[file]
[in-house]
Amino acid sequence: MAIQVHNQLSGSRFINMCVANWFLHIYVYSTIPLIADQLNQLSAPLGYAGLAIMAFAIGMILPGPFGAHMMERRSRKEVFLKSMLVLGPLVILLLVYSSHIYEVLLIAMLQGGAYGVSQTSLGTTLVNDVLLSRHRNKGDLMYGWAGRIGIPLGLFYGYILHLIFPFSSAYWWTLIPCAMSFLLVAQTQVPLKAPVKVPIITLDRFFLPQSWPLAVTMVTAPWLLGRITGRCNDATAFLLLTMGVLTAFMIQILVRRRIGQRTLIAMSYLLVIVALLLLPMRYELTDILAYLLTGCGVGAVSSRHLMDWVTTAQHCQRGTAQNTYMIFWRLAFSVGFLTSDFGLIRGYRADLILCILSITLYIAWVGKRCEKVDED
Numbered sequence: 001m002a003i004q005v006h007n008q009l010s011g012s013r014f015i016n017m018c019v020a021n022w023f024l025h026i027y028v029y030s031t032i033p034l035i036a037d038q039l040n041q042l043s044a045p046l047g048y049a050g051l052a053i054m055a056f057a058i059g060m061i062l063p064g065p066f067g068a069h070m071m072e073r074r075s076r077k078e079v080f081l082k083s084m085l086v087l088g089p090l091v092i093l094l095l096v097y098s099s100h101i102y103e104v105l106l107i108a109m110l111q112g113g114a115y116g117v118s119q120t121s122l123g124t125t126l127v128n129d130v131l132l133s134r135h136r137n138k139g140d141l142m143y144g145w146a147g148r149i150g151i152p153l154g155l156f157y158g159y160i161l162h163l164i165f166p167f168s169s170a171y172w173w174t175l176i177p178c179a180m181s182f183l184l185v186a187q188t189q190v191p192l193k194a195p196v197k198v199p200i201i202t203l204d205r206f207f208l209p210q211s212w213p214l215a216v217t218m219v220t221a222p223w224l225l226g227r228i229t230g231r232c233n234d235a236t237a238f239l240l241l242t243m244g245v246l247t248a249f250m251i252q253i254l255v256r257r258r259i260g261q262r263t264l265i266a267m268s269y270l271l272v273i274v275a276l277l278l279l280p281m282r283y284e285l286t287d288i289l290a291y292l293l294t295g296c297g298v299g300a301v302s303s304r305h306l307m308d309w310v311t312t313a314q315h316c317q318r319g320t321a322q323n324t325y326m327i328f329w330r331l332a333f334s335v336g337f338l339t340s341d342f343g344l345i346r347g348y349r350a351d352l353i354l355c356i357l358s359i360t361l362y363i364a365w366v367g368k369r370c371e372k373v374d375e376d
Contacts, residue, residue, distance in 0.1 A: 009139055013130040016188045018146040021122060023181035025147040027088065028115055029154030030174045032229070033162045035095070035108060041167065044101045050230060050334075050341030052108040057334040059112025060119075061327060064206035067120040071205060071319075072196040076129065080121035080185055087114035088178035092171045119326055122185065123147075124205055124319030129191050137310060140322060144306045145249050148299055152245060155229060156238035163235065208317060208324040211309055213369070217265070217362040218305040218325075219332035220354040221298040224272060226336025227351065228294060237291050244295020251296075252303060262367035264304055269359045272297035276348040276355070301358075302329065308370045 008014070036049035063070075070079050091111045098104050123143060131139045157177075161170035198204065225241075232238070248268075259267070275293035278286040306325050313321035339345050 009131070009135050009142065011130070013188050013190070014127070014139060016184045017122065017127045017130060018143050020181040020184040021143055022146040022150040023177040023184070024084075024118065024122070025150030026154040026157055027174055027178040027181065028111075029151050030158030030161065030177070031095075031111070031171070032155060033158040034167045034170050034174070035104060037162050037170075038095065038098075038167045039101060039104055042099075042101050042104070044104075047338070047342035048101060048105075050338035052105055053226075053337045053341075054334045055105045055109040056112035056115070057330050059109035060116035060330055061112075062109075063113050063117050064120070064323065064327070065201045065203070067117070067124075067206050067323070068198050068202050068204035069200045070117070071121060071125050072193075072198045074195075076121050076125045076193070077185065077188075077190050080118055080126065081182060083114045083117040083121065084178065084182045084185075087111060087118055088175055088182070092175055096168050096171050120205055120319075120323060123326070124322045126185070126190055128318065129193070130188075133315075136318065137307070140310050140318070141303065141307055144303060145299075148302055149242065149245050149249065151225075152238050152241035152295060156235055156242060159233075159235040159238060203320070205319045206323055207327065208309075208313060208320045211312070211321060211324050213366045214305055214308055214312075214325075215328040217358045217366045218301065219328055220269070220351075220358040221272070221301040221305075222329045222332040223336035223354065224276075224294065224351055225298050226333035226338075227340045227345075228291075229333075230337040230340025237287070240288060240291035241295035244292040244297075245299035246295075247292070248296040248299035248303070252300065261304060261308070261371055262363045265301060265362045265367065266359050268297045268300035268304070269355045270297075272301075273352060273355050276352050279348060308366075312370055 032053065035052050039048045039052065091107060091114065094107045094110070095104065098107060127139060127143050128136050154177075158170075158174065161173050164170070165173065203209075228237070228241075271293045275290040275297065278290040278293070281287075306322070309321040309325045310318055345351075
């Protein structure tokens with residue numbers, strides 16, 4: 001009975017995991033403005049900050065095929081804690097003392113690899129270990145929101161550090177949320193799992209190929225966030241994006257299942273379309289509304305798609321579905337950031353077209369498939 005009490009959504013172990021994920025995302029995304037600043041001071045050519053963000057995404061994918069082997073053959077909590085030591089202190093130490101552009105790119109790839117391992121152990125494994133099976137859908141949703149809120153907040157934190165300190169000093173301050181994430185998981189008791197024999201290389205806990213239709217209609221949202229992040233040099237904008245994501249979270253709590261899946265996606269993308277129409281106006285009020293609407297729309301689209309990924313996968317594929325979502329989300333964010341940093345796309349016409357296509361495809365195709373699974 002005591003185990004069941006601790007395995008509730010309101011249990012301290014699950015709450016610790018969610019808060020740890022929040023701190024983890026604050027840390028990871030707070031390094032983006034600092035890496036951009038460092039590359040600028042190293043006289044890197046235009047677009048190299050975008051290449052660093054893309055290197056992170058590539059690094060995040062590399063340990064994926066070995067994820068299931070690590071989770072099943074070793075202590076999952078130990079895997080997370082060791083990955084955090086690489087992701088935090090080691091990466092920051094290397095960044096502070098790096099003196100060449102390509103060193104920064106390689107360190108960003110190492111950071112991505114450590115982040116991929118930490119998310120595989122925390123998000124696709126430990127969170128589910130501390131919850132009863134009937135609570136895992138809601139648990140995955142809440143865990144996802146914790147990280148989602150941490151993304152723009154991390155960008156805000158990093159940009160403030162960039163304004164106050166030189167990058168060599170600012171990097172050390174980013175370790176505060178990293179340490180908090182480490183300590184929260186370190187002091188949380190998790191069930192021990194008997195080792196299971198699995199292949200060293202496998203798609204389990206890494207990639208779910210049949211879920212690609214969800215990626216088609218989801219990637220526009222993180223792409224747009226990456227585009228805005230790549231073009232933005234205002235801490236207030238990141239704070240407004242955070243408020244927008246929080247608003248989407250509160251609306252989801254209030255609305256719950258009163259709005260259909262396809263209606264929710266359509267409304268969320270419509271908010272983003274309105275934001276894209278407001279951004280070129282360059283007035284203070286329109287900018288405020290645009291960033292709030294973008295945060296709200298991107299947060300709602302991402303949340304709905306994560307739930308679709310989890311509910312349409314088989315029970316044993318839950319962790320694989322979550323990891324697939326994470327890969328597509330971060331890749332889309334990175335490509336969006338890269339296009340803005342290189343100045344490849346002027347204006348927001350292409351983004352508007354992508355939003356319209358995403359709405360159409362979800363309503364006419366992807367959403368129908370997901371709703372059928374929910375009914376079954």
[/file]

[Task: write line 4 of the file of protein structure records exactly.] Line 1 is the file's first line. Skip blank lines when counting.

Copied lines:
Contacts, residue, residue, distance in 0.1 A: 009139055013130040016188045018146040021122060023181035025147040027088065028115055029154030030174045032229070033162045035095070035108060041167065044101045050230060050334075050341030052108040057334040059112025060119075061327060064206035067120040071205060071319075072196040076129065080121035080185055087114035088178035092171045119326055122185065123147075124205055124319030129191050137310060140322060144306045145249050148299055152245060155229060156238035163235065208317060208324040211309055213369070217265070217362040218305040218325075219332035220354040221298040224272060226336025227351065228294060237291050244295020251296075252303060262367035264304055269359045272297035276348040276355070301358075302329065308370045 008014070036049035063070075070079050091111045098104050123143060131139045157177075161170035198204065225241075232238070248268075259267070275293035278286040306325050313321035339345050 009131070009135050009142065011130070013188050013190070014127070014139060016184045017122065017127045017130060018143050020181040020184040021143055022146040022150040023177040023184070024084075024118065024122070025150030026154040026157055027174055027178040027181065028111075029151050030158030030161065030177070031095075031111070031171070032155060033158040034167045034170050034174070035104060037162050037170075038095065038098075038167045039101060039104055042099075042101050042104070044104075047338070047342035048101060048105075050338035052105055053226075053337045053341075054334045055105045055109040056112035056115070057330050059109035060116035060330055061112075062109075063113050063117050064120070064323065064327070065201045065203070067117070067124075067206050067323070068198050068202050068204035069200045070117070071121060071125050072193075072198045074195075076121050076125045076193070077185065077188075077190050080118055080126065081182060083114045083117040083121065084178065084182045084185075087111060087118055088175055088182070092175055096168050096171050120205055120319075120323060123326070124322045126185070126190055128318065129193070130188075133315075136318065137307070140310050140318070141303065141307055144303060145299075148302055149242065149245050149249065151225075152238050152241035152295060156235055156242060159233075159235040159238060203320070205319045206323055207327065208309075208313060208320045211312070211321060211324050213366045214305055214308055214312075214325075215328040217358045217366045218301065219328055220269070220351075220358040221272070221301040221305075222329045222332040223336035223354065224276075224294065224351055225298050226333035226338075227340045227345075228291075229333075230337040230340025237287070240288060240291035241295035244292040244297075245299035246295075247292070248296040248299035248303070252300065261304060261308070261371055262363045265301060265362045265367065266359050268297045268300035268304070269355045270297075272301075273352060273355050276352050279348060308366075312370055 032053065035052050039048045039052065091107060091114065094107045094110070095104065098107060127139060127143050128136050154177075158170075158174065161173050164170070165173065203209075228237070228241075271293045275290040275297065278290040278293070281287075306322070309321040309325045310318055345351075